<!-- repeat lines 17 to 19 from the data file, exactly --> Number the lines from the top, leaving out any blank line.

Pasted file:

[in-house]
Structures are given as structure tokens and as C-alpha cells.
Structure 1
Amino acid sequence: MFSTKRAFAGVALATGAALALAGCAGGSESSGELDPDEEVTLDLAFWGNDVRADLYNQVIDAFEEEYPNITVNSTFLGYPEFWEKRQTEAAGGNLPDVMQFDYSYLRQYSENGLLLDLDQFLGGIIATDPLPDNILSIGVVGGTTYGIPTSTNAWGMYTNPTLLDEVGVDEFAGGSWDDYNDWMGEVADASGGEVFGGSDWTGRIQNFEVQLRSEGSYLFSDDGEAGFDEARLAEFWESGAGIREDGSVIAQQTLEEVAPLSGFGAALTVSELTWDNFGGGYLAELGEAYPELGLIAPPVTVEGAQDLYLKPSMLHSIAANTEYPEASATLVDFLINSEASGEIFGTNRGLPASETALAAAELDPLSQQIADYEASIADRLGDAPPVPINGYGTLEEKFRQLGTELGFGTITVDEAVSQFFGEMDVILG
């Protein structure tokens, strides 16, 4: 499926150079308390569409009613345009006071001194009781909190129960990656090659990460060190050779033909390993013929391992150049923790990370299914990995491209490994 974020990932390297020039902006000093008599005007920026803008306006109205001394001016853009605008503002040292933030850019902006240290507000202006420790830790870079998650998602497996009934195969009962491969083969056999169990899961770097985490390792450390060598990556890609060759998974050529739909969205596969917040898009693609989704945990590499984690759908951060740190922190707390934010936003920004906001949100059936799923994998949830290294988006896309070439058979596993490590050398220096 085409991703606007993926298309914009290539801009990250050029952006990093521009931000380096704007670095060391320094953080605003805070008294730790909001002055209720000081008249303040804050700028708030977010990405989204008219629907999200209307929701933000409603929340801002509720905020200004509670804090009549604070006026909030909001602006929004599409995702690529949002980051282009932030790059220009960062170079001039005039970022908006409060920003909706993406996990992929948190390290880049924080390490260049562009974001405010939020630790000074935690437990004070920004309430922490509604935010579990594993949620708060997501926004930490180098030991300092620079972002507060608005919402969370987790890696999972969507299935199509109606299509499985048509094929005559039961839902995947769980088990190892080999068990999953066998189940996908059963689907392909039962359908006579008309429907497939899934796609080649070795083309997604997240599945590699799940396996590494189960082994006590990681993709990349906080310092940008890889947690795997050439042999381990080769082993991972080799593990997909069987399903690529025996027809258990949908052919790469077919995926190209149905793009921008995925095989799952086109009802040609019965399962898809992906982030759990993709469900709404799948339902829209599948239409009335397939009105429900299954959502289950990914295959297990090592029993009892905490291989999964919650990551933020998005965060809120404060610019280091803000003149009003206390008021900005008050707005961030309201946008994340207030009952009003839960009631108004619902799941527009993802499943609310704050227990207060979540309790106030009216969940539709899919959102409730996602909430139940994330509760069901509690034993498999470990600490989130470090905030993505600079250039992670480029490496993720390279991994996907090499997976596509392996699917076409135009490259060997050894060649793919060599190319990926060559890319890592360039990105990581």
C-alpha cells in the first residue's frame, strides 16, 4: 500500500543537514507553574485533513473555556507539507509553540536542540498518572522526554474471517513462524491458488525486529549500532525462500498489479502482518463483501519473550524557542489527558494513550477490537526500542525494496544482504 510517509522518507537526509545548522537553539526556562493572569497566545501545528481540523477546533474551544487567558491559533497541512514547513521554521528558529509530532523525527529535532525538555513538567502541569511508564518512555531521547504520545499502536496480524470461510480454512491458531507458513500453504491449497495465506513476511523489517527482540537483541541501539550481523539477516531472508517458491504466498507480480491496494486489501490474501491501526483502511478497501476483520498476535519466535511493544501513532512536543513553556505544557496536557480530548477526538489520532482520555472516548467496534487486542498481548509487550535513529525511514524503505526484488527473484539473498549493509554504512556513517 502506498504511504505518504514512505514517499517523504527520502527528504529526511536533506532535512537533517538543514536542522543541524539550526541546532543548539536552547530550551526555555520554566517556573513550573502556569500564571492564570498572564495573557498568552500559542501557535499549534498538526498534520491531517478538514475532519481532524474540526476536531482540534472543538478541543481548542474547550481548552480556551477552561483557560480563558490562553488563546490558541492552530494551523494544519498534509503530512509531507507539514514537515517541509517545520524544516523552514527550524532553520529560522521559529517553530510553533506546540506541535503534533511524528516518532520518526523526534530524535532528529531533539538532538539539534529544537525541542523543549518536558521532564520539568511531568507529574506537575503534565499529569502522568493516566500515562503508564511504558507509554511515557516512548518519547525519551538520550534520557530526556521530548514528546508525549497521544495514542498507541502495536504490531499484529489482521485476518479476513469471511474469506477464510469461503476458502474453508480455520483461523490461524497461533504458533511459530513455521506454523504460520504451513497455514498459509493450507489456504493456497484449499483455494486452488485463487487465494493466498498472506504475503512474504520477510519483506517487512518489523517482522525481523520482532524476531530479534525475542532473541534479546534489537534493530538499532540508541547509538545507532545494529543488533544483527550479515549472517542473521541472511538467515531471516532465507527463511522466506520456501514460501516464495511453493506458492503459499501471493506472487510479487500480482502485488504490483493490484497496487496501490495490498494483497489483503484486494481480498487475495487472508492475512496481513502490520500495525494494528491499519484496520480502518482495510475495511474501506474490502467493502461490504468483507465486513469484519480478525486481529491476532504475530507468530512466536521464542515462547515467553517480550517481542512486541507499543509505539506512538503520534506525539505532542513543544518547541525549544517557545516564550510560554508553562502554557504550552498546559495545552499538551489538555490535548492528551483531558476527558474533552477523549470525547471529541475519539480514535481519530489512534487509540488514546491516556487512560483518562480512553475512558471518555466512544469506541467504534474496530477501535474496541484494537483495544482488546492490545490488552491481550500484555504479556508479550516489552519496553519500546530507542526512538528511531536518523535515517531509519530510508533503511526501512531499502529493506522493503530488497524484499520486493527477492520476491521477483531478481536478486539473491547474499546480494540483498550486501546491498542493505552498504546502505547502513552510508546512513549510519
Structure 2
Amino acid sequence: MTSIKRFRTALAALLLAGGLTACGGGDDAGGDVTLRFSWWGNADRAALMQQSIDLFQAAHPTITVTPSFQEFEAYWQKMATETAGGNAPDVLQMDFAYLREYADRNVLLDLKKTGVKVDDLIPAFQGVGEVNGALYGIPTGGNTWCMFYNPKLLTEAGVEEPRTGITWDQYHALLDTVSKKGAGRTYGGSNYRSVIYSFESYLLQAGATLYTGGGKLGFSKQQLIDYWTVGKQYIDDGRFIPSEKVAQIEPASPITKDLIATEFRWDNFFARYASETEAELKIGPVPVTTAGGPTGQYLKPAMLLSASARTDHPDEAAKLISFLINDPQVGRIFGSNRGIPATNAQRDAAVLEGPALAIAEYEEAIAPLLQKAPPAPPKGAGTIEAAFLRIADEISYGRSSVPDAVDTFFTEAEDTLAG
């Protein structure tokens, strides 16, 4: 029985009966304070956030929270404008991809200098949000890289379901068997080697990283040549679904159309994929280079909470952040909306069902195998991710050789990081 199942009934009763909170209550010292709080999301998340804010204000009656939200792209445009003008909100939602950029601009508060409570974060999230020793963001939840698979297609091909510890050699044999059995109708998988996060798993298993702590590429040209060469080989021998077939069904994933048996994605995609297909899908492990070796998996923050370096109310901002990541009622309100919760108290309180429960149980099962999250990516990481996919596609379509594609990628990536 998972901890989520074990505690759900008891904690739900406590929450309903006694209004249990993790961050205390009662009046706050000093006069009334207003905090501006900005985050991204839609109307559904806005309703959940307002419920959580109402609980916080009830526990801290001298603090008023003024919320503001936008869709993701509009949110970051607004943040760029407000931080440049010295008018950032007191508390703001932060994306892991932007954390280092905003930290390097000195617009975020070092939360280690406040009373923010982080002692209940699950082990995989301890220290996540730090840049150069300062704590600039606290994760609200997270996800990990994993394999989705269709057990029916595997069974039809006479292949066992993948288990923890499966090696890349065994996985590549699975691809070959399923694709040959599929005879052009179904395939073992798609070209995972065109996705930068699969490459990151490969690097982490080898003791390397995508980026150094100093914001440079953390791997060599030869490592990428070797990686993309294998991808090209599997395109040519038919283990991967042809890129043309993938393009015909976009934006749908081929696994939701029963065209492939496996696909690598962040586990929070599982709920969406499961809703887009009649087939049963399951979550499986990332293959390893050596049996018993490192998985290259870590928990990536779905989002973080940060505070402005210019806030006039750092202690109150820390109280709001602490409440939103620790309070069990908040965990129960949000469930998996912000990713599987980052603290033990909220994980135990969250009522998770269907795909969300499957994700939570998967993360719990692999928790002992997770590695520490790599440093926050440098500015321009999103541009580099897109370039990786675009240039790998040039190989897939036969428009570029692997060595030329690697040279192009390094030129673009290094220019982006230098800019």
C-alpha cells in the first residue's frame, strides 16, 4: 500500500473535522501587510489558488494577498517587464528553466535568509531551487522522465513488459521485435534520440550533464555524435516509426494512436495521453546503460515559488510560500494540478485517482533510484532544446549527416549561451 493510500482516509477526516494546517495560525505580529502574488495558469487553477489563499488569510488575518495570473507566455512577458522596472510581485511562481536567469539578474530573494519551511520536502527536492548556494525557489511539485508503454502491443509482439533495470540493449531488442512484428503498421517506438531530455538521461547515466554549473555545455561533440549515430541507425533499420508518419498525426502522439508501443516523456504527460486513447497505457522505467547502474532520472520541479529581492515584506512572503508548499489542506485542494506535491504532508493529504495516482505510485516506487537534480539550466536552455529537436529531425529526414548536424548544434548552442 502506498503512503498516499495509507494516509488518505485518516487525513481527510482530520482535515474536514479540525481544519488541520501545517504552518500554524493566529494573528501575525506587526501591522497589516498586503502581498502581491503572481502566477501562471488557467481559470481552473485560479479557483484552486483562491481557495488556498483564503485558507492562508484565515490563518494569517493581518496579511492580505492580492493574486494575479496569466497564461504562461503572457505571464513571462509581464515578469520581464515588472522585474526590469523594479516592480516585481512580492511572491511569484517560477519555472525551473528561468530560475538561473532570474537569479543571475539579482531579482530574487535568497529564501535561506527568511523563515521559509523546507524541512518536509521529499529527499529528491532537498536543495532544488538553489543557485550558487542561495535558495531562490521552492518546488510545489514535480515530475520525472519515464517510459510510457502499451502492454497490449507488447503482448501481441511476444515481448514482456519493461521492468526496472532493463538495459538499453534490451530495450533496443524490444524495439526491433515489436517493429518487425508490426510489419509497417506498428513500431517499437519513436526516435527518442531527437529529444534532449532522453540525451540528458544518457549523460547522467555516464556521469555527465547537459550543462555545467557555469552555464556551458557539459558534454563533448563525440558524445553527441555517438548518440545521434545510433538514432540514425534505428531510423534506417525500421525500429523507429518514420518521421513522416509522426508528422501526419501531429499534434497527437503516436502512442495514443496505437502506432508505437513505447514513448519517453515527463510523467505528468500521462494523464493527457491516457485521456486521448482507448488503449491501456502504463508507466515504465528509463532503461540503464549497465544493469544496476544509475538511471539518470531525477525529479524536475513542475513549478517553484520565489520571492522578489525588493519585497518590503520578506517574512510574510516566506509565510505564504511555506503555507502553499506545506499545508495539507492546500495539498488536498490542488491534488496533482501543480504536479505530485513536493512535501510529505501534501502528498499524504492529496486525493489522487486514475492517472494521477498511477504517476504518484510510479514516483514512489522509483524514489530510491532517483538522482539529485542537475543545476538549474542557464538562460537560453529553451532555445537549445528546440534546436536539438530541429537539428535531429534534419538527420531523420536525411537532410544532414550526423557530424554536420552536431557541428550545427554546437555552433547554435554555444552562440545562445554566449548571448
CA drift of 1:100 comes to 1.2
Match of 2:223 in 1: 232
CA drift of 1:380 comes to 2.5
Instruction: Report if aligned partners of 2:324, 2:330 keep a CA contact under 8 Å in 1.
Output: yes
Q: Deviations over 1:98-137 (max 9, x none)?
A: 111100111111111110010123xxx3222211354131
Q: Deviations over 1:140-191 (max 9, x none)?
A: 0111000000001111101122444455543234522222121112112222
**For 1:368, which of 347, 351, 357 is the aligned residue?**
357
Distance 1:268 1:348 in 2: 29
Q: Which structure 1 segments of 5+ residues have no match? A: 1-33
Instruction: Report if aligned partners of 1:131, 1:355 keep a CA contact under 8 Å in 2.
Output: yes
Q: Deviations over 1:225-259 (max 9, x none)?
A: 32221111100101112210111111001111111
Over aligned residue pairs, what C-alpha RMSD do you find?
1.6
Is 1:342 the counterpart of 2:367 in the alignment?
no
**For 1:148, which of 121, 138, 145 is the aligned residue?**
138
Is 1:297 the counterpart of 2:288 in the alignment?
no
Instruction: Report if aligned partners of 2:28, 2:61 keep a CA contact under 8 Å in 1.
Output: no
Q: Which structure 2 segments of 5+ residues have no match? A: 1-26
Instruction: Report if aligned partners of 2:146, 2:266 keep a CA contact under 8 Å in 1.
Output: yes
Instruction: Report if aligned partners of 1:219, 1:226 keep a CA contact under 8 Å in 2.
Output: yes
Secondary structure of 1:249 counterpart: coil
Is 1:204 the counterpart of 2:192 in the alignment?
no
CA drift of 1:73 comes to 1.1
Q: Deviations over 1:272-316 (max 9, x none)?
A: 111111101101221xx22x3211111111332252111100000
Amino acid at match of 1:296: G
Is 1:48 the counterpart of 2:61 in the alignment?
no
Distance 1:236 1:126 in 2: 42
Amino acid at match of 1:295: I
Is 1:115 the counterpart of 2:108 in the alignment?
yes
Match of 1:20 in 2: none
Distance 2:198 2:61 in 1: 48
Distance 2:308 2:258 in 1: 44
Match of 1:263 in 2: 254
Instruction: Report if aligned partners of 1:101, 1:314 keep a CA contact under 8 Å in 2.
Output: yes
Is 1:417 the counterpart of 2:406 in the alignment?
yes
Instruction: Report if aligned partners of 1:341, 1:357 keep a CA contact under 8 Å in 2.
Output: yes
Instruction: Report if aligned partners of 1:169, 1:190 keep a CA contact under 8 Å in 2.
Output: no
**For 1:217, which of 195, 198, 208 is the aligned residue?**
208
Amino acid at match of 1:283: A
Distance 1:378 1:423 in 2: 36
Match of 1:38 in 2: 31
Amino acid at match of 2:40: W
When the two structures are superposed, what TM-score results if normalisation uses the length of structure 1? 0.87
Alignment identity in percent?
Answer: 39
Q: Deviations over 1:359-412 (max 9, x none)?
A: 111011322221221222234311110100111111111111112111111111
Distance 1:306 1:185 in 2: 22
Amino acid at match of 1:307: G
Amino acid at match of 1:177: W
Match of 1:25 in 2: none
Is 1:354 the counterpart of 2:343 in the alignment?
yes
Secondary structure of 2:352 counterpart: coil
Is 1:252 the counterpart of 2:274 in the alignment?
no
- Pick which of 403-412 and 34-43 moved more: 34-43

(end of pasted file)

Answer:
A: 111100111111111110010123xxx3222211354131
Q: Deviations over 1:140-191 (max 9, x none)?
A: 0111000000001111101122444455543234522222121112112222